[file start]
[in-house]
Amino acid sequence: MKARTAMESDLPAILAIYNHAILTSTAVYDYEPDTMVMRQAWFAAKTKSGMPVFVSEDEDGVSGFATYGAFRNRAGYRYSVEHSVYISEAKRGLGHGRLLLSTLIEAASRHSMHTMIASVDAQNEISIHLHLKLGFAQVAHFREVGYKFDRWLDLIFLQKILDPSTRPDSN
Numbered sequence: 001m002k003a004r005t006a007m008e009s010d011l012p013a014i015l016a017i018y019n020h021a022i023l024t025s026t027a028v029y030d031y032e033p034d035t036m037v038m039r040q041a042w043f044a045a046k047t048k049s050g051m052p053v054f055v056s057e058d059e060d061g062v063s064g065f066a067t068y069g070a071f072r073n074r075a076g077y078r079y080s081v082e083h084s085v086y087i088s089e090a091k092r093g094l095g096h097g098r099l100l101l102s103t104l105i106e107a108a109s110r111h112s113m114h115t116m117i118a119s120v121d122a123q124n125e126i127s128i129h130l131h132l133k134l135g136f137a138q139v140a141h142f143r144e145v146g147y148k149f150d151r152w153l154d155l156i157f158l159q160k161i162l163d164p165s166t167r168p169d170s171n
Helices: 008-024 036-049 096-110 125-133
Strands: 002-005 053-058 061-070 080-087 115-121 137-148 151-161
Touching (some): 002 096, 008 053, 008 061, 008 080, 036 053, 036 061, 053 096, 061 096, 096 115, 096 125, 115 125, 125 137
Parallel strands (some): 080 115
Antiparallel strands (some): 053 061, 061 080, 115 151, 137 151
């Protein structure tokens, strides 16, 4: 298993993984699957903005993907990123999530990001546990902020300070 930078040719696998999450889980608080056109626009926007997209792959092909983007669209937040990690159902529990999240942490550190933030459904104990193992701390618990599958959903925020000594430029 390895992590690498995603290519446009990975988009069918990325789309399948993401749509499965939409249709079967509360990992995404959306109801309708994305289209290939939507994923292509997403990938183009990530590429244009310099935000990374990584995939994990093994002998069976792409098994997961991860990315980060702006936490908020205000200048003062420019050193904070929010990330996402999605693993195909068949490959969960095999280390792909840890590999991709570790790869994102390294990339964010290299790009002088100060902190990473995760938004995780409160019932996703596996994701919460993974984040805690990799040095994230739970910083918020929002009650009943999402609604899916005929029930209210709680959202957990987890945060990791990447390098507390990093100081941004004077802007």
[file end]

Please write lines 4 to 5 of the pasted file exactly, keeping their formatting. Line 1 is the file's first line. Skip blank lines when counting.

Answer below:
Helices: 008-024 036-049 096-110 125-133
Strands: 002-005 053-058 061-070 080-087 115-121 137-148 151-161